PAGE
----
Finally, a somewhat different proposal is apparently being considered by the Trump Administration at the present time. Based on reporting in recent days (Renshaw and Kelly, 2019), this alternative proposal includes the following components: i) a 3-year moving average reallocation of waived SRE gallons starting in 2020, and ii) an additional reallocation of 1 billion gallons in 2020, reflecting an additional 500 million gallons for the advanced mandate and 500 million gallons for the total renewable mandate. No further details are available at this point. Table 4 estimates how this proposal might work in practice over 2020-2022. Key assumptions include: i) SRE policy continues unabated over 2019-2022; ii) the annual SRE reduction in total renewable fuel obligation for 2019-2022 is set equal to the average reduction over 2016-2018; and iii) the 3-year average reallocation is lagged by two years, with 2020 based on 2016-2018, 2021 based on 2017-2019, and so on. Under these assumptions, the net cumulative SRE reduction in total renewable fuel obligation again peaks at 5.4 billion gallons in 2019. The net SRE reduction then declines over 2020-2022 but only to 4.19 billion gallons. The reason is that SRE reductions continue to accumulate over 2020-2022, in contrast to the plan proposed here which stops SRE reductions starting in 2020 due to blanket SRE waivers. Consequently, the plan currently under consideration by the Trump Administration will not result in a significant restoration of waived SRE gallons. This, of course, assumes the assumptions used to make the projections in Table 4 are an accurate representation of the Trump Administration plan.
There is a way to modify the Trump Administration plan to completely restore waived SRE gallons. This is shown in Table 5 and it involves boosting the additional reallocation each year over 2020-2022 to 1.73 billion gallons. The total reallocation is then over 3 billion gallons each of these years, reflecting the backfill of waived SRE gallons from 2016-2019 and the continued granting of SREs over 2020-2022. The end point of zero waived SRE gallons is achieved as a result.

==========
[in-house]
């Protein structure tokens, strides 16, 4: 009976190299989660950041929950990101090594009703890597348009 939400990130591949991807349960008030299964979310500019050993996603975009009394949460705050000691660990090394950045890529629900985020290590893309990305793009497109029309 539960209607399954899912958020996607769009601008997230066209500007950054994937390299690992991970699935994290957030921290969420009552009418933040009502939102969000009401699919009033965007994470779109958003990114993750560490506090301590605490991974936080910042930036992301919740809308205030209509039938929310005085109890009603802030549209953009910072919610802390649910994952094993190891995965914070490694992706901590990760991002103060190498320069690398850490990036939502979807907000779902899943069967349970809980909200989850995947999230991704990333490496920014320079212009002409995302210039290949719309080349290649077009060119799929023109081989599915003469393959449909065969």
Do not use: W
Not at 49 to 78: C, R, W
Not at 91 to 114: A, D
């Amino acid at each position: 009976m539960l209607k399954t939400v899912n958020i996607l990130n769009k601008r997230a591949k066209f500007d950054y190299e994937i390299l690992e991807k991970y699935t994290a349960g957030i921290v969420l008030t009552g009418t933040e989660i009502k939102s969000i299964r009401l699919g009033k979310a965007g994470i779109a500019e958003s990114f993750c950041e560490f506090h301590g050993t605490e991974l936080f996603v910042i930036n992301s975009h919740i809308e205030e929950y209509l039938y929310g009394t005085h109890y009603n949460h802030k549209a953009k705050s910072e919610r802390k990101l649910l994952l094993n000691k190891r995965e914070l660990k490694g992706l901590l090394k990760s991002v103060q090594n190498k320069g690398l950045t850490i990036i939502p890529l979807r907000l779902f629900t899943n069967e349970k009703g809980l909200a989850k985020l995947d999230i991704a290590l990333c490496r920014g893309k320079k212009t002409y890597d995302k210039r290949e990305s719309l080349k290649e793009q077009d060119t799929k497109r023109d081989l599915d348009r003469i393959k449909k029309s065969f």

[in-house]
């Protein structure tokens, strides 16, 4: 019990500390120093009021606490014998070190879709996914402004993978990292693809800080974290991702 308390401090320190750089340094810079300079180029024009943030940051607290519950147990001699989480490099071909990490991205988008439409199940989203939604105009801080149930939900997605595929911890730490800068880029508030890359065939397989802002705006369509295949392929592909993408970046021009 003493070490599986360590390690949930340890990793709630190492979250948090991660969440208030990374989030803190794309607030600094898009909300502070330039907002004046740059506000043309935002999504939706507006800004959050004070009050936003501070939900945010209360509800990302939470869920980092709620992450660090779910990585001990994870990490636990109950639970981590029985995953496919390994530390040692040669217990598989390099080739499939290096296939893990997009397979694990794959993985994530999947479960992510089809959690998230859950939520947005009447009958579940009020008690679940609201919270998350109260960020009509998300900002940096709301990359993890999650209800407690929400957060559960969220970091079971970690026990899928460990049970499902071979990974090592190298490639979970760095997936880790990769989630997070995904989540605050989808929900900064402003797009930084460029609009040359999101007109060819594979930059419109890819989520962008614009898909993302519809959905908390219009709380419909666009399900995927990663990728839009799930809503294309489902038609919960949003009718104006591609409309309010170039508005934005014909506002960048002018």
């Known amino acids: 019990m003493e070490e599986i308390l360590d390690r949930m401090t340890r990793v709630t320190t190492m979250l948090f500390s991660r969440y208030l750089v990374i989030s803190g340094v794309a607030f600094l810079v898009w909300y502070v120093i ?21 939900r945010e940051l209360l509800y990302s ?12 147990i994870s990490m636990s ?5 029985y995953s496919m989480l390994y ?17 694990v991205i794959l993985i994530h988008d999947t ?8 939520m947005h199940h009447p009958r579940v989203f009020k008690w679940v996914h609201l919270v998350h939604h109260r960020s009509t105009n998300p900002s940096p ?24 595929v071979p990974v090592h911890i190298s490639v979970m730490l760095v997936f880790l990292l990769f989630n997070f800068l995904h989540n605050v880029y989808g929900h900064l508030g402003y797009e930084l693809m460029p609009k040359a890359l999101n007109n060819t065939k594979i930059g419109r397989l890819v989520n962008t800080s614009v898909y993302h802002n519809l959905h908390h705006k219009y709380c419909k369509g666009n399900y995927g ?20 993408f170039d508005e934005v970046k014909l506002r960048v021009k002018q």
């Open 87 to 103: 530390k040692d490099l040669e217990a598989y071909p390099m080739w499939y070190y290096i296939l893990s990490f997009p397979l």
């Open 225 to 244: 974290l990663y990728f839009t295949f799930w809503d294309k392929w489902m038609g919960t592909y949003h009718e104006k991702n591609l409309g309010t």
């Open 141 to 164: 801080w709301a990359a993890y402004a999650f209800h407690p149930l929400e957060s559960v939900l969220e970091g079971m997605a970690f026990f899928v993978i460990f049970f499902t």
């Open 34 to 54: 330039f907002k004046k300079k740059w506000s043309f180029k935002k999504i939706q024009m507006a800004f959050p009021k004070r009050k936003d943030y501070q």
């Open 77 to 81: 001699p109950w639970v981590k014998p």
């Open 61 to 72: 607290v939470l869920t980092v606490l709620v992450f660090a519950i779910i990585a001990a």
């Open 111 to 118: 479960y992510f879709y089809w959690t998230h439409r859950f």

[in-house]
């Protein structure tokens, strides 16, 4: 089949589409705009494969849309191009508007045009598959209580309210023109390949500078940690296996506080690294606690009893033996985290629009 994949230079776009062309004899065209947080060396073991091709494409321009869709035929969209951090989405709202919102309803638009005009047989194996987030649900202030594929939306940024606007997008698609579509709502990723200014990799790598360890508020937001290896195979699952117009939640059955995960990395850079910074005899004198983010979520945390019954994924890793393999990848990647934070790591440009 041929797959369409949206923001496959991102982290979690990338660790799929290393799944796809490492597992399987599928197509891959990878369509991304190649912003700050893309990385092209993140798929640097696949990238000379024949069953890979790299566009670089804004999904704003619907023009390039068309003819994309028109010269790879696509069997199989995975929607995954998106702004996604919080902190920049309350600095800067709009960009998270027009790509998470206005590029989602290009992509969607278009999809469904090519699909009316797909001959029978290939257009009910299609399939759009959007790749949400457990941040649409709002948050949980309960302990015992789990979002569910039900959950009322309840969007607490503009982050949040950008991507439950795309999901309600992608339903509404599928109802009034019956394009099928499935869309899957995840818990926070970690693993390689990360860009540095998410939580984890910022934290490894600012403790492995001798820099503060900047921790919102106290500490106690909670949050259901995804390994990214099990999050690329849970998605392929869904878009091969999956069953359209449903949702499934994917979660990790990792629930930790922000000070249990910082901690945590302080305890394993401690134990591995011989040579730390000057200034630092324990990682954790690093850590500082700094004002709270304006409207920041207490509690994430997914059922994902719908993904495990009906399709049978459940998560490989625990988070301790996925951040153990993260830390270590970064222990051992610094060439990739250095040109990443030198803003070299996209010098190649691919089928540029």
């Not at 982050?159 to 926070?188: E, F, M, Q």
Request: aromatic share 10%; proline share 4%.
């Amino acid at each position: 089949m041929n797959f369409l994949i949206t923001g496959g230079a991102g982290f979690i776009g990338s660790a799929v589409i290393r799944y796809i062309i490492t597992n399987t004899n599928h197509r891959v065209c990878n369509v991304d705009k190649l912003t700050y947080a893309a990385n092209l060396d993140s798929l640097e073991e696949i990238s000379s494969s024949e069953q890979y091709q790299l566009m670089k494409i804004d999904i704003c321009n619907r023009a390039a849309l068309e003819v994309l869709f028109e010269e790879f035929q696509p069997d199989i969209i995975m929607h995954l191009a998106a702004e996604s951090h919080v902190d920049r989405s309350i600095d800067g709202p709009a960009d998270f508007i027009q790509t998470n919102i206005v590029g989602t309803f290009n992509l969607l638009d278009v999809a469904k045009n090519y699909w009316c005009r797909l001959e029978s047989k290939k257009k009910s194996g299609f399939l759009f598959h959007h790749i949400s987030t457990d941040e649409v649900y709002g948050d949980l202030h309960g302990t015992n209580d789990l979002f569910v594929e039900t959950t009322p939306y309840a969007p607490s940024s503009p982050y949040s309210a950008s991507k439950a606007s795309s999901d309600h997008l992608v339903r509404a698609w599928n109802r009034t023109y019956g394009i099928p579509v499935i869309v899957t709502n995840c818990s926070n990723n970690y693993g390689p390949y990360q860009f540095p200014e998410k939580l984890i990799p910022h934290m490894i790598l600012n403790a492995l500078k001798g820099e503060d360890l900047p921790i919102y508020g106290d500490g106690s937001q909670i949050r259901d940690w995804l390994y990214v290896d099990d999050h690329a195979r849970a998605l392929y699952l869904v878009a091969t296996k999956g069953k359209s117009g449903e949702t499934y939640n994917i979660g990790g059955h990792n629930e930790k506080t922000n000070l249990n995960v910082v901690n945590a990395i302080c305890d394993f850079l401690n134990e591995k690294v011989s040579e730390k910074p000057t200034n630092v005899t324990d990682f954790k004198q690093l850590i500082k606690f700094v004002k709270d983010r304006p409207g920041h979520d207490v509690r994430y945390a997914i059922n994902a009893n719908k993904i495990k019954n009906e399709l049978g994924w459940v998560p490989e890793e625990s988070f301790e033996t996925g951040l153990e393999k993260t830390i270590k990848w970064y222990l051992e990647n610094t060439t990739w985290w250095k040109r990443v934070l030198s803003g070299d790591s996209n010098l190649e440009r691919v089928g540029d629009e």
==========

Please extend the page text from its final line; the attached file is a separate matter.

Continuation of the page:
Implementation of the U.S. Renewable Fuel Standard (RFS) in recent years has been mired in controversy due to a seemingly obscure provision of the RFS that allows small refineries to be exempted from mandated volume requirements. A plan for implementing the RFS starting in 2020 is proposed that simultaneously provides economic hardship relief for small refineries and implements the mandates consistent with the original intent of the U.S. Congress. The plan entails two changes to the setting of annual standards: i) provision of a blanket waiver for all small refineries over 2020-2022; and ii) addition of 1.35 billion gallons to the total renewable volumes each year over 2020-2022 to restore reductions in effective volume requirements for 2016-2018. This plan would eliminate the RIN cost concerns of small refineries and the controversy surrounding how many SREs are awarded and to whom. It would also allow SREs to be accounted for when computing the final percentage standards each year. Finally, the plan is temporary, as it only applies to the 2020-2022 compliance years. Elements of the plan could be carried forward after 2022, when the volume standards will be reset.
The proposed plan would almost certainly increase renewable identification number (RIN) prices across-the-board due to both the higher total renewable fuel requirement and the blanket small refinery waiver being incorporated into the percentage standards. The largest increase would likely be associated with D6 ethanol RIN prices because the enforced requirements would once again surpass the E10 blend wall. The impact on biofuel feedstock prices is likely to be positive since the enforced volume requirements will be higher over 2020-2022 compared to what would be the case under the current EPA policy on SREs. If biodiesel continues to be the marginal gallon (least cost) for filling the different parts of the RFS requirements, then biodiesel feedstock prices would be expected to increase the most. Since soybean oil is the main biodiesel feedstock, this indicates that soybean complex prices would be most impacted by the plan proposed here. Given the surplus of soybeans currently available in world markets, there should be adequate supplies to absorb the additional demand and moderate any price pressure from the higher RFS requirements.